So far, its quite underwhelming, but perhaps it could be that Chef is still sharpening his knife skills in the kitchen.. he really should spend abit more time tasting his own food, and maybe even scope out the competition around town because boy, is there some competition in wine bar land at the moment.
On the other hand, our wines were excellent. We started with a glass of chardonnay (which name I did not jot down) that was acidic, crisp and light with a tinge of tropical fruit, vanilla, fig (or dates I can’t make it out exactly) and a hint of heat. The bottle of Red Neleen handed over to two twenty somethings was eye opening. Smooth and rich, but with a mineral characteristic closer to a Burgundy than an S.A. Pinot, the smoky oaky fruitiness was forward drinking and almost as elegant as its Burgundian cousins.
Right. I ordered the £27 ribeye steak.
All the trimmings, all the trimmeringings indeed. Let’s go round the chopper block, giant mushroom, umami rich check; battered onion rings helping to grease the gastro gears, check; sweet roasted cherry tomatoes; check, check; 350g of matured ribeye beef, chec… no where to be found. Now, I can’t measure with my eyes, but surely that can’t be 350g of meat, can it? Anywho – taster notes: The meat itself was quite flavoursome, although it’s less beefy than I’d prefer it to be. The texture is perfect though, delicately soft, it tastes as if it had be pounded down by Ricky Hatton for 28 days, and is great to chew on. With lots of charcoal in the flavour, I suppose it’s an indication that it was cooked to a proper medium rare as requested. It was a good piece of meat, just didn’t have that oomph for me. The steak is also rather subdued in flavour. Thankfully I added a pot of cabernet jus with the steak because this really made the steak fly. It sparked and sizzled away with the red wine gravy – red fruits, jammy, rich and just luxurious; it breathed much needed life to the lifeless meat.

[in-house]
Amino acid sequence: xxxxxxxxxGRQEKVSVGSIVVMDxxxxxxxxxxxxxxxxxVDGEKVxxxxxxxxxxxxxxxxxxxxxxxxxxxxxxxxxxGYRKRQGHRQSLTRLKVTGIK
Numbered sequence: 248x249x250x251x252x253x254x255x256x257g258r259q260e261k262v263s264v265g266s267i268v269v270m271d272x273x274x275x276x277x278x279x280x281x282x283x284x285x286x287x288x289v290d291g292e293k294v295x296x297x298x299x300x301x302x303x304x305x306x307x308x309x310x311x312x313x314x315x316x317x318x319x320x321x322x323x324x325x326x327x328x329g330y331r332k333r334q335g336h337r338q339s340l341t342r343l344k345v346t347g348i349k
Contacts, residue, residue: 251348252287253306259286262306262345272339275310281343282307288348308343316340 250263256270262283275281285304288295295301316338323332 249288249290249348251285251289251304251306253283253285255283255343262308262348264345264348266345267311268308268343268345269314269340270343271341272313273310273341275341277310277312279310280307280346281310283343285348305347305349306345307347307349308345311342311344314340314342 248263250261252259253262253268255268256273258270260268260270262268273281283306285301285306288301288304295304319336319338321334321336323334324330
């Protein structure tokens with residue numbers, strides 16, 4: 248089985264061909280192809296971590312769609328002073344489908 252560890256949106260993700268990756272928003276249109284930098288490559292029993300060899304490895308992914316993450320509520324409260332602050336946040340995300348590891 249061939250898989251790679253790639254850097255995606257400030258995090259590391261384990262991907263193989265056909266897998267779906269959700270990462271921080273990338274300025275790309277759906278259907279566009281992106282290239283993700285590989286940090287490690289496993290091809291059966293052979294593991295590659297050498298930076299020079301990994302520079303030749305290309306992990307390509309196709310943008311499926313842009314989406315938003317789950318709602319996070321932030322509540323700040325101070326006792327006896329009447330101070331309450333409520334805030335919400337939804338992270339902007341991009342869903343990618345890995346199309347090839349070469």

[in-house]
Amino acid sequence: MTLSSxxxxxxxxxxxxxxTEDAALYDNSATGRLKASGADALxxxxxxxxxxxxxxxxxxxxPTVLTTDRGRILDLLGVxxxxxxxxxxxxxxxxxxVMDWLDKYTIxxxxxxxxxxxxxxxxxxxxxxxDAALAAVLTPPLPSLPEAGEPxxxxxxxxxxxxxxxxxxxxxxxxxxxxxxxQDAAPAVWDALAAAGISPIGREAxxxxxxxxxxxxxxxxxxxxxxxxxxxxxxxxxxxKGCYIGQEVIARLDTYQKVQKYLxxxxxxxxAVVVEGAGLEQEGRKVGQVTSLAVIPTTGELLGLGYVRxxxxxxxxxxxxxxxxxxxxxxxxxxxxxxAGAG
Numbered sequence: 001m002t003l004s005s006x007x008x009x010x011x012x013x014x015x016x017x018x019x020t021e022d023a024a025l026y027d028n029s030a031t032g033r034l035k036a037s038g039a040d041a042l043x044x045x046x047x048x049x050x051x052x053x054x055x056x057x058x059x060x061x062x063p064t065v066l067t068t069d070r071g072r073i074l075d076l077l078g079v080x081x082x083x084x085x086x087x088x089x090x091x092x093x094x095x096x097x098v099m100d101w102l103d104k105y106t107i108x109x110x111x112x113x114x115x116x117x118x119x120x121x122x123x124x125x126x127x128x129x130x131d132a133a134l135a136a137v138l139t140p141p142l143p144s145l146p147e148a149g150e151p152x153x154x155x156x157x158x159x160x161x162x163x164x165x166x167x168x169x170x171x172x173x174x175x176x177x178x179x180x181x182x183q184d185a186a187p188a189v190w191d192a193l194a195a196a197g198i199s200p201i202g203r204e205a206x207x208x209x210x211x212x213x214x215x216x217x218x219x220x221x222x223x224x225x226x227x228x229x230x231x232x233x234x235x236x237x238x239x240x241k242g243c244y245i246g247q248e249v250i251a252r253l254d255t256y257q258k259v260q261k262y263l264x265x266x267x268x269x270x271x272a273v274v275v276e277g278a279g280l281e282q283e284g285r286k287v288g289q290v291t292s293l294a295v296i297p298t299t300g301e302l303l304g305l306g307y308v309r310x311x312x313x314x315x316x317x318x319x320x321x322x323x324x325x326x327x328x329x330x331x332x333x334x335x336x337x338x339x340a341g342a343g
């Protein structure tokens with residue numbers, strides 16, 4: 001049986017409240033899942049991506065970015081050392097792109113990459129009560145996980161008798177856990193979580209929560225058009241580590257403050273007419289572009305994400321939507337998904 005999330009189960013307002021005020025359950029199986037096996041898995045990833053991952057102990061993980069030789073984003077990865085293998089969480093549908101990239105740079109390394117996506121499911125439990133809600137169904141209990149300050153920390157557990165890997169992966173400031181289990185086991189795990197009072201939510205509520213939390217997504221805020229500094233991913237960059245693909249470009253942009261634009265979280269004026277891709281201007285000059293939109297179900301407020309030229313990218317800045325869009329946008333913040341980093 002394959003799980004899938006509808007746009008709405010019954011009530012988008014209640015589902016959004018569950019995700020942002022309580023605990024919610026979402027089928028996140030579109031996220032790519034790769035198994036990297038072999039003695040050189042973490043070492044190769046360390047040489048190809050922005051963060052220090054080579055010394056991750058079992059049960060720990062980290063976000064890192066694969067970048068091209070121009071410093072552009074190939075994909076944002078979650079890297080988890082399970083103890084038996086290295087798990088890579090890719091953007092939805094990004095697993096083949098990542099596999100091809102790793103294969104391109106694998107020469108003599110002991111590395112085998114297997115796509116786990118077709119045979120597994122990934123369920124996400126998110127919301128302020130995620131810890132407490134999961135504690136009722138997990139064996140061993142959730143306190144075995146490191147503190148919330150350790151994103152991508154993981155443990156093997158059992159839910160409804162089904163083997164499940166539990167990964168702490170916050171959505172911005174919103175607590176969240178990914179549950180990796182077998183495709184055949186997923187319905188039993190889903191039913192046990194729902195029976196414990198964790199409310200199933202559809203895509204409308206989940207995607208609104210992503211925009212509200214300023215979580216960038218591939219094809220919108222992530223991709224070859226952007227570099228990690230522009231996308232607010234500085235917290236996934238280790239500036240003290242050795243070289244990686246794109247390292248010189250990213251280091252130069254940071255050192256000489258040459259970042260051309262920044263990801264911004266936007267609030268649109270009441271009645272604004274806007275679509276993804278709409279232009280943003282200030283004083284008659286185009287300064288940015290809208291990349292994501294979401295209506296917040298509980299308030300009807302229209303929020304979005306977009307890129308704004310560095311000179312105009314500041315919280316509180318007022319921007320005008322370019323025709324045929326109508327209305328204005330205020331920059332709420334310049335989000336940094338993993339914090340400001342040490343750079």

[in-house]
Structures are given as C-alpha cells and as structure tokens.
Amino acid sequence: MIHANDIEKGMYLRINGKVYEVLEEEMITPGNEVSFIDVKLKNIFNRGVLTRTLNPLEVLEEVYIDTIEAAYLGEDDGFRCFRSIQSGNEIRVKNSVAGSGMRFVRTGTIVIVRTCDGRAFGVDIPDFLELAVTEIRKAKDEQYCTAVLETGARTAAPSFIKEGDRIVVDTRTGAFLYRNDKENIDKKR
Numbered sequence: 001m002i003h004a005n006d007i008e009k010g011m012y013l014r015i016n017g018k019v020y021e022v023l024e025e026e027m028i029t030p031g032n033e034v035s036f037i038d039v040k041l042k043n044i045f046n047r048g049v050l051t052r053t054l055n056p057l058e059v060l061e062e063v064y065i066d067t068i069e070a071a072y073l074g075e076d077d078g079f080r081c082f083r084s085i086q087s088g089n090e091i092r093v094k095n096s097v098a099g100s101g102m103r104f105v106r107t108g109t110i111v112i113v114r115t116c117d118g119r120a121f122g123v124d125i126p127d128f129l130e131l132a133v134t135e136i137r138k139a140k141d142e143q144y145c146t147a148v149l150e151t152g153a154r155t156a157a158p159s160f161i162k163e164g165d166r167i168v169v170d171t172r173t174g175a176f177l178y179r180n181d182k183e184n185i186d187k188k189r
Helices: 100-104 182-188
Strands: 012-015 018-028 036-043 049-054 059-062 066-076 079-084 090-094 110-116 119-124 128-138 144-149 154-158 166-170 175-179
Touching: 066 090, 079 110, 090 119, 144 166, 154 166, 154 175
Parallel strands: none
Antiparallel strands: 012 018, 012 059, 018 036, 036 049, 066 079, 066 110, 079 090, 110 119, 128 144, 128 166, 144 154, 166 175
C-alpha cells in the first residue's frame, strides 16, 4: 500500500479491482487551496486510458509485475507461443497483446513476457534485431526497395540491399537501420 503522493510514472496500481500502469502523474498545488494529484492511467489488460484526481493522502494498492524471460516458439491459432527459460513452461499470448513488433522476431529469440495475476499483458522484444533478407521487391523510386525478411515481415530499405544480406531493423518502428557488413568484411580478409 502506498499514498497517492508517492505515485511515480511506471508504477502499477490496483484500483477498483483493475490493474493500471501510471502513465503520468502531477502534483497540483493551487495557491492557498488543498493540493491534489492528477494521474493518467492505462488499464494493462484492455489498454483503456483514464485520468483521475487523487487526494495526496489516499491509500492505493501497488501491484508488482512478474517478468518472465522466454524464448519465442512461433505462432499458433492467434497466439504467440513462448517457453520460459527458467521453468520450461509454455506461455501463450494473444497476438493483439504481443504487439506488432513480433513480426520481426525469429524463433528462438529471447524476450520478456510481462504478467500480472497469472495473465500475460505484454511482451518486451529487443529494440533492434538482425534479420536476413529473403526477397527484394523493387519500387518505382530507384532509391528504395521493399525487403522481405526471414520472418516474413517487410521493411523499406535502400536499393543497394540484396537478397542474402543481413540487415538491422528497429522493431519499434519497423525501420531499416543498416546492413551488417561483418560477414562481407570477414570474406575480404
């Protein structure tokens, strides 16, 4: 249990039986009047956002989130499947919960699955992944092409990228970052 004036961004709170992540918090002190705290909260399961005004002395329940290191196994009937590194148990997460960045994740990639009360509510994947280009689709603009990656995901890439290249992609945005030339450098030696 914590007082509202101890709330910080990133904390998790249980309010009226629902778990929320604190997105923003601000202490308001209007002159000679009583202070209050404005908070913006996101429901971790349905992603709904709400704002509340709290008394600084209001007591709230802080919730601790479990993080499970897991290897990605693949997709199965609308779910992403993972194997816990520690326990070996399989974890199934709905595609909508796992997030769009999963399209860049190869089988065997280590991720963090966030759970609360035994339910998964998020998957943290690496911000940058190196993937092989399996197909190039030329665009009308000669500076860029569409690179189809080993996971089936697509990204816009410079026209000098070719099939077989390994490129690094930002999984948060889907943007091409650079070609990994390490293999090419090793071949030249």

Loin of Venison and Braised Haunch, peppered red cabbage, quince puree £21.00
One steak is more than enough for the table, so my brother went with game instead. This is more successful than the beef. The tender venison was nicely cooked to a medium rare. The smokey game was a welcomed change to the flavourless steak. The dish is good, but certainly not great and there were far too many sweetish elements involved. This time, in the form of a quince puree and the balance between too much sugary versus something very gamey just made it abit strange. On the side was a curious red cabbage wrapping around a mushy haunch mince, more akin to a kidney or a pate of some sort. I couldn’t quite understand it, perhaps it was just me but I did not enjoy the Chef’s combinations. Everything is abit off balance, and off balance is not a good thing.
All in all, the meats were alright, not world shaking stuff, and for £27 one would have anticipating a fire breathing dragon but in its place was a rather harmless, furry little gremlin. One who is much too sweet to mount a proper attack of the senses.
Right, I sussed it – the sous chef must have accidentally passed the sugar instead of the salt. With so much sweetness going around, I was expecting a pudding explosion because this chef seems to have a real sweet tooth. Enter the fruit bomb.
Fruit Terrine £7.50